Merely as showing one of many possible exam
ples of the way in which this apparatus may be
used, let it be assumed that a ?nished product is 50
to be produced by ?rst heating a small quantity
of liquid, then adding a quantity of a different
liquid thereto and immediately and thoroughly
mixing it with the heated ?rst liquid, then the
mixture of the two liquids is to be heated or 55
cooled to a different temperature, and then a
gas is to be absorbed or dissolved in this liquid
mixture which has been
temperature. Heretofore,
necessary to transfer the
one piece of apparatus to
brought to the right
it has ordinarily been
liquid or liquids from 60
another between vari
ous steps of a complicated process such as this,
but with the present apparatus, no such transfer
is necessary, as the entire process can be carried
out in the one piece of apparatus. In the ex 65
ample cited, a small quantity of liquid is ?rst in
troduced into the container, a supply of steam,
hot water, or other suitable heating agent is in
troduced into the jacket around the container,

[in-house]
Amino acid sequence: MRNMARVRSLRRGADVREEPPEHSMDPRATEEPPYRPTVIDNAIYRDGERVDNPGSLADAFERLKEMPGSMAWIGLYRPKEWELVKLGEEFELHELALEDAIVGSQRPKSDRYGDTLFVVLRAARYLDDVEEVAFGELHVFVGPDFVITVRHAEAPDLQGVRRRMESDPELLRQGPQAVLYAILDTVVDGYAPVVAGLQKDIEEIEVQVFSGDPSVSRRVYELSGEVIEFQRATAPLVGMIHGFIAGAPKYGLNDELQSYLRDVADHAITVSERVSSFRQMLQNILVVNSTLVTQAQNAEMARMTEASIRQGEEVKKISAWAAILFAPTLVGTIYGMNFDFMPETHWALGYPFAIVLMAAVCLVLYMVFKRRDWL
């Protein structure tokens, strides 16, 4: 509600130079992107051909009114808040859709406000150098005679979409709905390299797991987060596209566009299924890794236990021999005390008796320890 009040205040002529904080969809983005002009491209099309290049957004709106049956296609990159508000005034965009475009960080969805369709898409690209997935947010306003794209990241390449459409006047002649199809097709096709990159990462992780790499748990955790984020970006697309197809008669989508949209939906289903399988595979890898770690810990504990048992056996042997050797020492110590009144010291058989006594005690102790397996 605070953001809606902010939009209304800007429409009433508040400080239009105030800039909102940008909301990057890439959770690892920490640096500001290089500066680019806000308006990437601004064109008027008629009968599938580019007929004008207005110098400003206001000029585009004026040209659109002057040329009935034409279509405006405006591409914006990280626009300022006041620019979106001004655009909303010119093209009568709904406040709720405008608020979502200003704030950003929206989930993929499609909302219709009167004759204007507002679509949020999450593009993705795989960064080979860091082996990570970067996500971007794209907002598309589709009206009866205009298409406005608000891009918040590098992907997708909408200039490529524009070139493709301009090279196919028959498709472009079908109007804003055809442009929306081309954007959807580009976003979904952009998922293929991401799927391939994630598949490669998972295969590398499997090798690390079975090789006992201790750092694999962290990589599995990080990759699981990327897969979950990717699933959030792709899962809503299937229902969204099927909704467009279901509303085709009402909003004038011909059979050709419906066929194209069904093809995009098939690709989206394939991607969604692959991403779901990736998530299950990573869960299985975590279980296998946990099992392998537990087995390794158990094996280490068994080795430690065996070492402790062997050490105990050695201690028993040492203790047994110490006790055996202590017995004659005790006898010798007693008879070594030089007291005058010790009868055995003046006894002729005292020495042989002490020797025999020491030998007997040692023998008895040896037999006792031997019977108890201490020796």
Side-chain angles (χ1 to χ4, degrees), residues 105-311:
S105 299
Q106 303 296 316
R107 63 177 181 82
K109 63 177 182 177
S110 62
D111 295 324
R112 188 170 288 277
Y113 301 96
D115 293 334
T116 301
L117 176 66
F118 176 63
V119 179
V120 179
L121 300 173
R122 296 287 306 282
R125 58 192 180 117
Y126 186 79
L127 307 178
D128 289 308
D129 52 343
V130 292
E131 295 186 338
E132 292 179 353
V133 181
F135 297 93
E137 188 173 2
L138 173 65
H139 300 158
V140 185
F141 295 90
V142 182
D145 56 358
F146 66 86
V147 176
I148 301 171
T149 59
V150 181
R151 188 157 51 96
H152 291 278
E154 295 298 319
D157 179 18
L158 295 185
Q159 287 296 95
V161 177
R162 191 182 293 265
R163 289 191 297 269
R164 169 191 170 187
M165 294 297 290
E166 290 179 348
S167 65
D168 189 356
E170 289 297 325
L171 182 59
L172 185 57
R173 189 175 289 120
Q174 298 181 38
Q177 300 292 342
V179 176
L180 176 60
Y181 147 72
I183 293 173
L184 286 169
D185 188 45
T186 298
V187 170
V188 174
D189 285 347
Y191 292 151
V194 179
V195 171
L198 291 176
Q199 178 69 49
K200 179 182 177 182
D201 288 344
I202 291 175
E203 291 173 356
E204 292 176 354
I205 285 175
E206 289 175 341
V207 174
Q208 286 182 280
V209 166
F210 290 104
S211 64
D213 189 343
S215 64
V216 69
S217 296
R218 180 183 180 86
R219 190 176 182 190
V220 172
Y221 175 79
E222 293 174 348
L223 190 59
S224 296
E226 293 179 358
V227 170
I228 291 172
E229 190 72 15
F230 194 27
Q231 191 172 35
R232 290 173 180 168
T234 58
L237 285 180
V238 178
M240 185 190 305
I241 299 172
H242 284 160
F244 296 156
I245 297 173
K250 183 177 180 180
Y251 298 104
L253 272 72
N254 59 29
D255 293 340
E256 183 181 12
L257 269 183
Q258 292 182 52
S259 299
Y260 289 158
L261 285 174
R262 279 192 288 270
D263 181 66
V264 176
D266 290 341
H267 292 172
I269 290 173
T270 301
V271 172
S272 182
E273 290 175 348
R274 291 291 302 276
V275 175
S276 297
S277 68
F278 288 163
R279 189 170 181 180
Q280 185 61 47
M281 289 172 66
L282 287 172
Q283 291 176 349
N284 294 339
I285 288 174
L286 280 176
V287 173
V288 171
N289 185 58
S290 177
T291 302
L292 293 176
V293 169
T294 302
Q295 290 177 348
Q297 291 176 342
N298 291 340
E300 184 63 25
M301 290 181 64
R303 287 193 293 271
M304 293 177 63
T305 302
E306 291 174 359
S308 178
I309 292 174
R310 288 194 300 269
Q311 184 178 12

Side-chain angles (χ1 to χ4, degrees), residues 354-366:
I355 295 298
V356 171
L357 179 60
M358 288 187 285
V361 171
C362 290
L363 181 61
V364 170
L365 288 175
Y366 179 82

and the impeller agitator I8 is set in operation. 70
If the quantity of liquid within the container is
small, it may be advantageous to move all of the
ba?ies to a substantially ineffective position and
to rotate the impeller agitator in such a manner
as to get the liquid to revolving within the con- 75
tainer as rapidly as possible. Centrifugal force
will then force the small body of liquid up the
sides of the container to a considerable degree
facilitated by the curvature of the container bot
tom and the cooperating form of the agitator,
thus increasing the area of surface contact of the
body of liquid with the heated bottom and side
walls of the container and increasing the speed of
When the heating of this liquid is ?nished, the
next liquid material is added to the container
and one or both of the baffle means are adjusted
to interfere with or reduce the motion of the liq